Cities are now focusing on several measures slated for the November 2018 ballot. The League supports Propositions 1, 2 and 3 and opposes Prop. 6.
Prop. 1, the Veterans and Affordable Housing Bond Act of 2018, was placed on the ballot by SB 3 (Beall, Chapter 365, Statutes of 2017). The League identified the need to improve housing affordability in its 2017 and 2018 strategic goals, and this measure will help build affordable housing for veterans, working families, people with disabilities and
Californians experiencing homelessness. Prop. 1 dedicates $1 billion to providing affordable homes for veterans and is expected to create 137,000 jobs.
For more information on Prop. 1, visit www.vetsandaffordablehousingact.org.
Prop. 2, the No Place Like Home Act of 2018, was placed on the ballot by AB 1827 (Chapter 41, Statutes of 2018) to resolve a legal ambiguity associated with building 10,000 units of housing for homeless individuals with mental illness through the No Place Like Home program. This measure would authorize the Legislature to amend the No Place Like Home Act of 2018 by a two-thirds vote as long as the amendment is consistent with and furthers the intent of the act. Prop. 2 relates directly to the League’s strategic priority to address homelessness. To learn more about Prop. 2, visit https://CAyesonprop2.org.
Prop. 3, the Supply and Water Quality Bond Act of 2018, authorizes $8.8 billion in state general obligation bonds for various water infrastructure projects.
Proposition 6 Would Eliminate Funding for Local Bridge and Road Safety Projects
Prop. 6, the Repeal of the Road Repair and Accountability Act, would eliminate more than $5 billion annually in existing transportation funds and endanger funding for 6,500 local projects currently underway or planned that focus on bridge and road safety, traffic congestion relief and transportation and public transit improvements. Protecting existing transportation funding for local priorities and opposing efforts that reduce or eliminate funding for cities is also a 2018 League strategic priority. Prop. 6 would put at risk work being done to upgrade bridges and overpasses to meet earthquake safety standards and improve the safety of our roads.
To learn more about Prop. 6, visit www.cacities.org/NoProp6.
When familiarizing yourself with these measures to learn what is at stake for your community, remember to do so on your own time and using only personal — not public — resources.
Lessons Learned: Being Prepared Is Key
The keys to the League’s capacity to fight harmful measures and support constructive legislation include:
- A board of directors ready to take positions and action;
- The grassroots network supported by the League’s regional public affairs managers;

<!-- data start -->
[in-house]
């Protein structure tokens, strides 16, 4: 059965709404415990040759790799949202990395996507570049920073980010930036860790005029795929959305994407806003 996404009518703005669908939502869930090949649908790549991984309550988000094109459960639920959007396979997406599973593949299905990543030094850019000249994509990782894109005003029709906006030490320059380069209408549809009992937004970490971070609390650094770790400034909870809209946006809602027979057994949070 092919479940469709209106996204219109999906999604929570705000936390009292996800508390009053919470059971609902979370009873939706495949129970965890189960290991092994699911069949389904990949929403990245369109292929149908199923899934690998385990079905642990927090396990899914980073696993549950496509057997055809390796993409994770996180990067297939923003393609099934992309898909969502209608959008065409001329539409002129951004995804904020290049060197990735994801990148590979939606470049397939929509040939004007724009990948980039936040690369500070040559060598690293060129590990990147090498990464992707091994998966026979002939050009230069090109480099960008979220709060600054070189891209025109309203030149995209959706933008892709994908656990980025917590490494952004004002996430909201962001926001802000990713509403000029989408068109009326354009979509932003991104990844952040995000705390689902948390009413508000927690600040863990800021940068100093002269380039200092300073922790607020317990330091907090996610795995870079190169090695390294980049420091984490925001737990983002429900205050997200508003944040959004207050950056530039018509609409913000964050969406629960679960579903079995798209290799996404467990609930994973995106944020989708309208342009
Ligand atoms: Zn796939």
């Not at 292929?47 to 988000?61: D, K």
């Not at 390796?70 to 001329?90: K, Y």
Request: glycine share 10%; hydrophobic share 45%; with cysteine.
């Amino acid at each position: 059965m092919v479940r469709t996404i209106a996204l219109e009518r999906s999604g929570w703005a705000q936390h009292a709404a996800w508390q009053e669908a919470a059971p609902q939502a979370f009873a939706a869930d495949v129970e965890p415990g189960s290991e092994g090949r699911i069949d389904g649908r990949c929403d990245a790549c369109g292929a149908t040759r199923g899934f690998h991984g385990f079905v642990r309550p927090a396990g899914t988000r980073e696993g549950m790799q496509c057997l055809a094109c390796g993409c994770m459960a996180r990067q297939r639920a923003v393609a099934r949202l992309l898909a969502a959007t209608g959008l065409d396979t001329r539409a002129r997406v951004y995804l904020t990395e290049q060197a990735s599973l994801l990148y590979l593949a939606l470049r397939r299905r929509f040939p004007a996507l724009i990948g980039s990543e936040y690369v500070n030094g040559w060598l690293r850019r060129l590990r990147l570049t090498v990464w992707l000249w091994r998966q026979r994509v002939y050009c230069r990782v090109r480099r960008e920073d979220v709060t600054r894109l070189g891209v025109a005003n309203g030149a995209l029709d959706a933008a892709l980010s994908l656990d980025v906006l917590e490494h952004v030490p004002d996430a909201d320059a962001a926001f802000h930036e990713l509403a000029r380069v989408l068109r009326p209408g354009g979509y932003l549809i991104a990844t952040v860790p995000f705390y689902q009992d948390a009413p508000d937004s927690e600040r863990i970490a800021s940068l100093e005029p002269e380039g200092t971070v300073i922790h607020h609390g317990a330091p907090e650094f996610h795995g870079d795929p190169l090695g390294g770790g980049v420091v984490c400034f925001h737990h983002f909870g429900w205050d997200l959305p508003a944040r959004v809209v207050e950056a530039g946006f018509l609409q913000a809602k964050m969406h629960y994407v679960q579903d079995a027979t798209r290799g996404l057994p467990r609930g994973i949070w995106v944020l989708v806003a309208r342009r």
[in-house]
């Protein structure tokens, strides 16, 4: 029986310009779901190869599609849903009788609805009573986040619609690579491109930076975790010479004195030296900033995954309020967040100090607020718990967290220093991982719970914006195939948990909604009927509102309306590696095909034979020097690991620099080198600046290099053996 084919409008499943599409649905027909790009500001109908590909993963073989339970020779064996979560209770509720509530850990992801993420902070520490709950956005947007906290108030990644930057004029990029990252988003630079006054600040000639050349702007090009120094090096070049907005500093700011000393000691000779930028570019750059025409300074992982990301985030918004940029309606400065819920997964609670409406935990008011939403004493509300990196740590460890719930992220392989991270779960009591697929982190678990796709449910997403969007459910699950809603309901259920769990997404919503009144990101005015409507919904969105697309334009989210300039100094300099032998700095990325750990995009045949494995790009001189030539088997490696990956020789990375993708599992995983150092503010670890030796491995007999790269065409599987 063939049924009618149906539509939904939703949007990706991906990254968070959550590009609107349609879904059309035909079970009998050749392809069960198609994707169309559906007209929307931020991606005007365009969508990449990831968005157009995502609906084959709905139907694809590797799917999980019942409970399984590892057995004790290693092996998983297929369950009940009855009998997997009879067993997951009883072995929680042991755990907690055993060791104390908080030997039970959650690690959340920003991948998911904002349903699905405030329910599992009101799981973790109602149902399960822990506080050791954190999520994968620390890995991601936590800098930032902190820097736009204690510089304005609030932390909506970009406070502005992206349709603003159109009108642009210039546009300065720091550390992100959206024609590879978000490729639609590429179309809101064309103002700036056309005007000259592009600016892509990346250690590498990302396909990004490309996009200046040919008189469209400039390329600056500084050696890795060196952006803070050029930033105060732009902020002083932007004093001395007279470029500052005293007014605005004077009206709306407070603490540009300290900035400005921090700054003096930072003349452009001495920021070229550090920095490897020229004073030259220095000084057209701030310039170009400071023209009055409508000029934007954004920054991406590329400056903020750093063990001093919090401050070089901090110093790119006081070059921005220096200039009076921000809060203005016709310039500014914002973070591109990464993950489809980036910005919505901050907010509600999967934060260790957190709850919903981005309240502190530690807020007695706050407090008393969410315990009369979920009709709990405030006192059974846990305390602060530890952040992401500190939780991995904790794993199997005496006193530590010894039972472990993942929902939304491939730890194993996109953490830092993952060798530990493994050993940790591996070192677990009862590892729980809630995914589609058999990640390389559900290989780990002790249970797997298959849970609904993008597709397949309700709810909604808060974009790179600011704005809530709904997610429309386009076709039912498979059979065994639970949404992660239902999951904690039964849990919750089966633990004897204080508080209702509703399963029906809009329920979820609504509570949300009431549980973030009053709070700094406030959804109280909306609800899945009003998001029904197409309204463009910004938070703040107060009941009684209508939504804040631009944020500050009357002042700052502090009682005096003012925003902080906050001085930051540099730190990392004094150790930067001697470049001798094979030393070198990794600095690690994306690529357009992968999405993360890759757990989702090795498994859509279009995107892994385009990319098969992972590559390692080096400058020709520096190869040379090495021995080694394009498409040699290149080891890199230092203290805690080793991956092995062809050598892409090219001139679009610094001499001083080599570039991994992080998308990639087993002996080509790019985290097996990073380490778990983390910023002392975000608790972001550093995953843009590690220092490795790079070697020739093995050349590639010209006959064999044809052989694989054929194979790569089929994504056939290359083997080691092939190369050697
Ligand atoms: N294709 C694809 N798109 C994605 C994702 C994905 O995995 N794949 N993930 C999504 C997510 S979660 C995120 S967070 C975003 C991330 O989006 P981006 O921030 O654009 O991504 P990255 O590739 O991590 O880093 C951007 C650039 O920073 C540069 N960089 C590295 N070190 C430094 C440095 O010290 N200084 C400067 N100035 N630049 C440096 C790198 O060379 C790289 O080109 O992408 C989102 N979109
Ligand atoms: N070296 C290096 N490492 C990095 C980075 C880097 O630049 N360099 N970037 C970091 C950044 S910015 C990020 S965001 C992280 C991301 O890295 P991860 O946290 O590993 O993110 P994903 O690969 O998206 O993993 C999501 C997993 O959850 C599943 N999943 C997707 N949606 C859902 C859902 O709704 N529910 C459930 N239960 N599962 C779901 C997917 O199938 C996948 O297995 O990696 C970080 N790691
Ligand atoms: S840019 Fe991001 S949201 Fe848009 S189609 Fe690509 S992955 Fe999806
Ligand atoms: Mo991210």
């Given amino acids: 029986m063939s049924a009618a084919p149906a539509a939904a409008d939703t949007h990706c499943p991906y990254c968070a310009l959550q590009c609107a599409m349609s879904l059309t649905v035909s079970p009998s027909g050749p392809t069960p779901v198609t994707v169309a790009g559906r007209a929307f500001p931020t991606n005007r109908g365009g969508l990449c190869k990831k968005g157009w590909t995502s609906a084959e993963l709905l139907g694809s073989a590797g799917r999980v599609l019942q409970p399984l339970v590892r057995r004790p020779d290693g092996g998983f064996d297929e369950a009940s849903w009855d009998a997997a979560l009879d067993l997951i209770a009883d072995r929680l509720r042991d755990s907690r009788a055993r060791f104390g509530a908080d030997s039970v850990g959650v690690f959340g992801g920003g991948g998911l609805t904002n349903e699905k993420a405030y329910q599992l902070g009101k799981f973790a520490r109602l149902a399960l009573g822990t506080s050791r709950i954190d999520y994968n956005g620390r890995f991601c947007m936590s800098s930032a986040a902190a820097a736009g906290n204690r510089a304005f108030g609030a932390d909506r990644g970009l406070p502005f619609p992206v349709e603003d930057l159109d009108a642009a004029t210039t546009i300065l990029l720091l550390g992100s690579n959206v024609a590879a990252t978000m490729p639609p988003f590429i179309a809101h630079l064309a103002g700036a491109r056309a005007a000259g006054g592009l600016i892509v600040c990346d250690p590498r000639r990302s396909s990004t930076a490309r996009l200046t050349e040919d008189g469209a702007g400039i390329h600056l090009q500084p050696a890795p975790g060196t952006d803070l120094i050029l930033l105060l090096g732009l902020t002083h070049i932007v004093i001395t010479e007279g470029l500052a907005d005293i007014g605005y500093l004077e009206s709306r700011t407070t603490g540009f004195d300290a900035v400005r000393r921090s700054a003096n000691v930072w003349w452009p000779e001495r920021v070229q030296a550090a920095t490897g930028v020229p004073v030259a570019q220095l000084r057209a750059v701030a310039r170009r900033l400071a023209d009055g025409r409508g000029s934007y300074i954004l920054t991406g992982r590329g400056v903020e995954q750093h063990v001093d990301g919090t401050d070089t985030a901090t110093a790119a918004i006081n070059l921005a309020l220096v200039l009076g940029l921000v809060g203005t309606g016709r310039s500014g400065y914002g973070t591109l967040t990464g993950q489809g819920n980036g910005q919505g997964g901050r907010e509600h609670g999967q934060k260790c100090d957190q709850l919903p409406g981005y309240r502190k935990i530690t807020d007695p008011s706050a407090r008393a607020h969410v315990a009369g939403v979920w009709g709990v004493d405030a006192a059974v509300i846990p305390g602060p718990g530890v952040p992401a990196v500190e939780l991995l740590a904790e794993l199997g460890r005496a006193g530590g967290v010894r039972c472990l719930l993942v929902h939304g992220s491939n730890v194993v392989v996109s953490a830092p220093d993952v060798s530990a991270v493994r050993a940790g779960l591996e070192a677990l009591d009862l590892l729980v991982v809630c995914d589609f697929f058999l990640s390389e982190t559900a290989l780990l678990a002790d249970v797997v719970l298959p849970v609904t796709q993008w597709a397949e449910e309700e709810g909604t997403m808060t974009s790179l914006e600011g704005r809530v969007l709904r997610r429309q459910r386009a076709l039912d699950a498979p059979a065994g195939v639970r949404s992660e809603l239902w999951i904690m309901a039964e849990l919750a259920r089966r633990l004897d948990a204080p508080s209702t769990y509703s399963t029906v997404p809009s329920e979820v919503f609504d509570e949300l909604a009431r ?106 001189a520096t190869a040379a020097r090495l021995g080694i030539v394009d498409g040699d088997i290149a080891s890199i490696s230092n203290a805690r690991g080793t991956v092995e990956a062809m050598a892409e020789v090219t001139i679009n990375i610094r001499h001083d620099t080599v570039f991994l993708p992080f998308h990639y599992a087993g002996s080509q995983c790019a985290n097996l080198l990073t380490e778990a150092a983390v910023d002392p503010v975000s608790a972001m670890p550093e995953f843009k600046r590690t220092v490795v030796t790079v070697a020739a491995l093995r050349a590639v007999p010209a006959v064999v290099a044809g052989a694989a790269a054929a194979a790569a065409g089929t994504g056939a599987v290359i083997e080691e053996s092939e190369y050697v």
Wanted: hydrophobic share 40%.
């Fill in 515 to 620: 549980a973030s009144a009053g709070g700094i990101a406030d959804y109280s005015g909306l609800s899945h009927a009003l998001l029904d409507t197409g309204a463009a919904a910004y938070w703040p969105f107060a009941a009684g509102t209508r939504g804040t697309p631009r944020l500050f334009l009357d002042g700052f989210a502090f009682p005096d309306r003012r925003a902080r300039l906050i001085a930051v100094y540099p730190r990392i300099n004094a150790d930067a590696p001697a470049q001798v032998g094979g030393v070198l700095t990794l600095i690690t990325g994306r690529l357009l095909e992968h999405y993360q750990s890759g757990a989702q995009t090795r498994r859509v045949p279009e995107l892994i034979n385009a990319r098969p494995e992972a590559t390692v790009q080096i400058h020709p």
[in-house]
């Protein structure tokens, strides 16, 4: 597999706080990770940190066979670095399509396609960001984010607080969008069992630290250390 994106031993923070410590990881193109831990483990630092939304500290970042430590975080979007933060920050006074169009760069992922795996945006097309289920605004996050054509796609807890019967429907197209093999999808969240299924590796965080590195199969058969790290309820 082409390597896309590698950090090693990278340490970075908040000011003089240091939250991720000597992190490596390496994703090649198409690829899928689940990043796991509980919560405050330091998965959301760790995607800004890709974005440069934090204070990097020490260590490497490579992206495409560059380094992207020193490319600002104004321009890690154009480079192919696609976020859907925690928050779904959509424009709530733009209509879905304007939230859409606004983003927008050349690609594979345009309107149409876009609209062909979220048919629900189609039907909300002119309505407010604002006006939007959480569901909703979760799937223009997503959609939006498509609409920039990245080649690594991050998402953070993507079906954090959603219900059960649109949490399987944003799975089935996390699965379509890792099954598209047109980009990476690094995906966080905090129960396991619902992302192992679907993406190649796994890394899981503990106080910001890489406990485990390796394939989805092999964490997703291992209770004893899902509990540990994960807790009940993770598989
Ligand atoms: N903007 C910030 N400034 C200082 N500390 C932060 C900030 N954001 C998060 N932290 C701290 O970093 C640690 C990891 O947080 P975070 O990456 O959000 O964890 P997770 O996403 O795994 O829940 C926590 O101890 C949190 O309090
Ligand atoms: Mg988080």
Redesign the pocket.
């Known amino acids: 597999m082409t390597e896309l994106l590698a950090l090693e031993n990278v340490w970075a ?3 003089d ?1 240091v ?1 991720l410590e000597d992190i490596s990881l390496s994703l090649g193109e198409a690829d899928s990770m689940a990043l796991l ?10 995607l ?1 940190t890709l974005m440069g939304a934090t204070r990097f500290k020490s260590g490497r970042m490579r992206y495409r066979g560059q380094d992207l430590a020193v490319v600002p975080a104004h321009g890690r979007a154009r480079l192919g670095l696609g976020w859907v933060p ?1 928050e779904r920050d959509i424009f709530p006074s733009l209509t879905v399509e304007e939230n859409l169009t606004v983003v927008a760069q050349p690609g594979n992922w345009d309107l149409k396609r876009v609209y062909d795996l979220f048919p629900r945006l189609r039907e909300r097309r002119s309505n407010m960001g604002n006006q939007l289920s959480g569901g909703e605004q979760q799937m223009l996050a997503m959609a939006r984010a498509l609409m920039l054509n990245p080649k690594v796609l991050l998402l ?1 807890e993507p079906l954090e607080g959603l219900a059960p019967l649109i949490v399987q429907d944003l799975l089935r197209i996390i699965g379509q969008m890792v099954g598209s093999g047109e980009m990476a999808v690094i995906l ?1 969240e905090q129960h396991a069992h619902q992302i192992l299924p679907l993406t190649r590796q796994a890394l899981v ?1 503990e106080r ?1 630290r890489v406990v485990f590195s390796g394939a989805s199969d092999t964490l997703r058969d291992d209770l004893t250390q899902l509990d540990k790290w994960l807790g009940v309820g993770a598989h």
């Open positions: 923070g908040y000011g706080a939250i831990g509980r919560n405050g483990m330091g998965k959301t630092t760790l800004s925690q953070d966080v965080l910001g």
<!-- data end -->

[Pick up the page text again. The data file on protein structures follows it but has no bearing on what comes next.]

- Our members’ hard work and commitment;
- CitiPAC, the League’s political action committee that raises resources to advocate on ballot measures; and
- The ability to act early and decisively.
All of these elements play essential roles in the League’s power to defend local control and protect our communities. You need resources, like CitiPAC, to get a place at the table when policy discussions are underway — and you must be organized and ready to respond when threats arise, because everyone else at the table is poised to take swift action.
Maintaining the infrastructure needed to respond quickly is critically important to the success of our advocacy efforts.
As the League moves forward, we should keep in mind these lessons from the past year.
It’s essential to be prepared to defend what we have gained. For example, 10 years of hard work were needed to secure adequate funding from the state for local transportation. Once that funding is in hand, it must be defended, and we have to be ready to respond to threats, in the Legislature and at the ballot box.
To protect local control, we must maintain a strong defense — both in terms of legislative advocacy and our infrastructure, which comprises our lobbyists, regional public affairs managers, CitiPAC and League members. Beyond playing defense, we must also be prepared to play offense as needed.
Our strength lies in our unity. We must remain united. It’s essential to leave our partisan affiliations at the door when we gather and do our best to serve the interests of our residents.
I encourage you to take these lessons to heart and to support the League’s advocacy efforts focused on the November ballot.
Acknowledgments and Thanks
My thanks to the League’s executive officers, as well as its fantastic staff, for making my term and year as president an enjoyable experience. Your professionalism speaks volumes for the organization. Many thanks to my fellow officers and board members for their support and confidence in me during my term of office. I’ve enjoyed working with each and every one of you.
Congratulations to incoming League President Jan Arbuckle, First Vice President Randon Lane and Second Vice President nominee John Dunbar — I wish you much success.
Photo Credit: Olaser (Traffic Sign); Mapodile (Baby Hands); Eva Spiegel, courtesy of the League of California Cities (League Board Meeting).